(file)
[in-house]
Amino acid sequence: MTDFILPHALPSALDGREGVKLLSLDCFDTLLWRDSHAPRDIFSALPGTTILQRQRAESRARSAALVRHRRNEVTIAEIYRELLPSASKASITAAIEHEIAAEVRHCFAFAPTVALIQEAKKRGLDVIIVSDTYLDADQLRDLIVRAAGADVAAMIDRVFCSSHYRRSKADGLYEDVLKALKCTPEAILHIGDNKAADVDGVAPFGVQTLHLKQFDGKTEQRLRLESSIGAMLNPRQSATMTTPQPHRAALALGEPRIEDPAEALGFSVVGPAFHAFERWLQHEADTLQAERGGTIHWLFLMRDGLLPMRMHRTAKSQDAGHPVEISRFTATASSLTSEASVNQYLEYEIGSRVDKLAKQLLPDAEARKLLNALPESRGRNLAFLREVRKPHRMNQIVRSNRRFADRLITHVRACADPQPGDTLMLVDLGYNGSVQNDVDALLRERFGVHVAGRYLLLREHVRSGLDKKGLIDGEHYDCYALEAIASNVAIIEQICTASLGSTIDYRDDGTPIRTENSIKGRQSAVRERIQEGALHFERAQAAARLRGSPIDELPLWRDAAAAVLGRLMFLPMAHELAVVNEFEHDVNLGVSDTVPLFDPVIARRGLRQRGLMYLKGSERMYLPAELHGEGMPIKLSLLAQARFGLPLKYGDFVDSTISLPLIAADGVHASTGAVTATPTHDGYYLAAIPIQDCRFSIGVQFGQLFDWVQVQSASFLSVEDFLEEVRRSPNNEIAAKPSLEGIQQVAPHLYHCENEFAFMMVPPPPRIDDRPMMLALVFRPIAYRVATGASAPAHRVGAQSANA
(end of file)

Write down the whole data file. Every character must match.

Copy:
[in-house]
Amino acid sequence: MTDFILPHALPSALDGREGVKLLSLDCFDTLLWRDSHAPRDIFSALPGTTILQRQRAESRARSAALVRHRRNEVTIAEIYRELLPSASKASITAAIEHEIAAEVRHCFAFAPTVALIQEAKKRGLDVIIVSDTYLDADQLRDLIVRAAGADVAAMIDRVFCSSHYRRSKADGLYEDVLKALKCTPEAILHIGDNKAADVDGVAPFGVQTLHLKQFDGKTEQRLRLESSIGAMLNPRQSATMTTPQPHRAALALGEPRIEDPAEALGFSVVGPAFHAFERWLQHEADTLQAERGGTIHWLFLMRDGLLPMRMHRTAKSQDAGHPVEISRFTATASSLTSEASVNQYLEYEIGSRVDKLAKQLLPDAEARKLLNALPESRGRNLAFLREVRKPHRMNQIVRSNRRFADRLITHVRACADPQPGDTLMLVDLGYNGSVQNDVDALLRERFGVHVAGRYLLLREHVRSGLDKKGLIDGEHYDCYALEAIASNVAIIEQICTASLGSTIDYRDDGTPIRTENSIKGRQSAVRERIQEGALHFERAQAAARLRGSPIDELPLWRDAAAAVLGRLMFLPMAHELAVVNEFEHDVNLGVSDTVPLFDPVIARRGLRQRGLMYLKGSERMYLPAELHGEGMPIKLSLLAQARFGLPLKYGDFVDSTISLPLIAADGVHASTGAVTATPTHDGYYLAAIPIQDCRFSIGVQFGQLFDWVQVQSASFLSVEDFLEEVRRSPNNEIAAKPSLEGIQQVAPHLYHCENEFAFMMVPPPPRIDDRPMMLALVFRPIAYRVATGASAPAHRVGAQSANA